In Oscar world, the biggest news of the week was probably the release of the first trailer for Extremely Loud and Incredibly Close, director Stephen Daldry's film version of the Jonathan Safran Foer novel set in New York City after 9/11. And while it's virtually impossible to tell how good a movie will be based on its trailer, it's safe to say that this one does scream Oscar Bait.

In fact, Tom O'Neil all but dubs it a sure nominee in his review of the trailer at Awards Tracker: Early Oscar buzz is confirmed: it's a serious player, he insists. It touches all of the Academy buttons. (Awards Tracker)

I'd say it's risky calling a movie a serious player on the basis of a trailer -- but here's the evidence, complete with emotional slow-motion shots set to U2's gloriously portentous Where the Streets Have No Name. And after watching it a couple of times, I do see O'Neil's point...

Meanwhile, from his new home at HitFix, In Contention's Kris Tapley gets Anne Thompson on the phone for the latest in their long-running Oscar Talk podcast. It starts with plugs for 50/50 and Take Shelter, then delves into the supporting races, where they speak highly of candidates like Shailene Woodley in The Descendants, Albert Brooks in Drive and Janet McTeer in Albert Nobbs.

They disagree on who stands the best chance for a supporting actor nomination for The Ides of March -- Thompson goes for my choice, Philip Seymour Hoffman, while Tapley thinks that George Clooney has the best bet.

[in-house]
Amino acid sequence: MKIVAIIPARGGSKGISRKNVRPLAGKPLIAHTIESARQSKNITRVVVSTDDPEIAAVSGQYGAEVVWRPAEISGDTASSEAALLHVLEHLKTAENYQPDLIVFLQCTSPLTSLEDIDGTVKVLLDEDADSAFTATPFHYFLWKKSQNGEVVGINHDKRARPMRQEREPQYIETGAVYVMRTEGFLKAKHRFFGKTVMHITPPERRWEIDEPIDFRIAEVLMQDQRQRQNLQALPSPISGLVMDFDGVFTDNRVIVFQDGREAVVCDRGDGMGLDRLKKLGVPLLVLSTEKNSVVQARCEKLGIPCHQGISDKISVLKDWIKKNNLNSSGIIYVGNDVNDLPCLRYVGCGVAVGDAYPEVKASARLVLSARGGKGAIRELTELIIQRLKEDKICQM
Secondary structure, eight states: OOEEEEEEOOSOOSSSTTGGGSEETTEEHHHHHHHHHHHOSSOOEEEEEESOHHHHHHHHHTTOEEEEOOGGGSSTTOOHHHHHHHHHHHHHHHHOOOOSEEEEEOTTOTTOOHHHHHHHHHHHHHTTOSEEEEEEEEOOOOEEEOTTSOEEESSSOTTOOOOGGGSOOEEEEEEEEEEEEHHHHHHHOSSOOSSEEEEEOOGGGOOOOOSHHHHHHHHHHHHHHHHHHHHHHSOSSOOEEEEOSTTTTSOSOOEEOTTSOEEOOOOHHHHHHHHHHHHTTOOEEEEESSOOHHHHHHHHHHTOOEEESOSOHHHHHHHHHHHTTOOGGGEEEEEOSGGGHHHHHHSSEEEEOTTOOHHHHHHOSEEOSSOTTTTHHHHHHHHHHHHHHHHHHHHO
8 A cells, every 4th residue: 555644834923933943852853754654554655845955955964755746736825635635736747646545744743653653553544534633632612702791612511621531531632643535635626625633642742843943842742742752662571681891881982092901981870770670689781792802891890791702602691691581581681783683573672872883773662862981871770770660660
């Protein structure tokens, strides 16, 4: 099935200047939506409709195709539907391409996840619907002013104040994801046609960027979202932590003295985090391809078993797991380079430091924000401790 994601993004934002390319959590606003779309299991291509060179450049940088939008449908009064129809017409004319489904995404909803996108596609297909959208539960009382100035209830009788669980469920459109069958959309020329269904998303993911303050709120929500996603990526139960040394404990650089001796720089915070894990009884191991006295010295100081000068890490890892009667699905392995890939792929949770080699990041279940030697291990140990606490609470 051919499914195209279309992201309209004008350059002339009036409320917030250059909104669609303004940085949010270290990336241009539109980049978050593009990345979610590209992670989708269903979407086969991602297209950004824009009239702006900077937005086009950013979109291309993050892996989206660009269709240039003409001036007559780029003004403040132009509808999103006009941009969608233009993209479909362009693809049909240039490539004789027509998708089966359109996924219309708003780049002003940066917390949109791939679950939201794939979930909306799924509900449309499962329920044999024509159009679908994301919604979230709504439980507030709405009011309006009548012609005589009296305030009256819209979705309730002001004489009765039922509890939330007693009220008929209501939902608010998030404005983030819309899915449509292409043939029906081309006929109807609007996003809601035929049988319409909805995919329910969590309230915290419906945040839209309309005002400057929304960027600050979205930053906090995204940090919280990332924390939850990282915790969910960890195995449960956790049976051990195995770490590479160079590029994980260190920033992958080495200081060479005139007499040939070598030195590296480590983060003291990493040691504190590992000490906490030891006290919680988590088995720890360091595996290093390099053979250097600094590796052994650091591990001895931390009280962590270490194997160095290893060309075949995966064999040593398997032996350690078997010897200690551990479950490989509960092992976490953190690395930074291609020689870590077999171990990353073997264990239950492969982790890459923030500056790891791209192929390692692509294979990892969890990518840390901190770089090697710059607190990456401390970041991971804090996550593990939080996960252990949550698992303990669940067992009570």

Moving In Contention to HitFix, by the way, no doubt gives Tapley and Lodge more resources and a potentially larger audience -- but the comfortable design of the website is feeling a little cramped in its new digs, surrounded as it now is by the parent site's far busier and more cluttered look. (In Contention)

Sasha Stone has a theory that she doesn't exactly believe, but she wants to bring it up anyway. No one is talking about the possibility, the serious possibility, that 'The Artist' could not only be nominated for Best Picture but could WIN, she writes. ...It has everything a stealthy best picture winner needs -- it's the movie everybody loves and the movie nobody thinks can win. Sounds a lot like 'Slumdog Millionaire.'

I was once toying with the theory that in this strange and unsettled year, the best picture winner was going to be one of three seemingly unlikely contenders: The Artist, Midnight in Paris or The Girl with the Dragon Tattoo. So I'm not completely dismissive of Stone's theory -- though the film, as charming as it is, does seem a little slight to go all the way. (Awards Daily)

And finally, Thelma Adams ventures into what she says is the wilderness -- i.e., the best supporting actress race. She does so with the help of several female entertainment and awards journalists, including Stone, Susan Wloszczyna, Kim Voynar and Anne Thompson.

Adams identifies the frontrunners as Octavia Spencer for The Help, Janet McTeer for Albert Nobbs, Vanessa Redgrave for Coriolanus, Marion Cotillard for Midnight in Paris and Shailene Woodley for The Descendants, but the meat of the conversation deals with whether Emmy winner Melissa McCarthy can land a nomination for the distinctly un-Oscar-like Bridesmaids.

The consensus, as much as there is a consensus: the Golden Globes will go for McCarthy, and maybe SAG as well, but Oscar voters are likely to remain resistant. Like it or not, says Voynar (who doesn't like it) I think the mostly male academy won't see beyond the 'brave fat girl in a comedy' thing.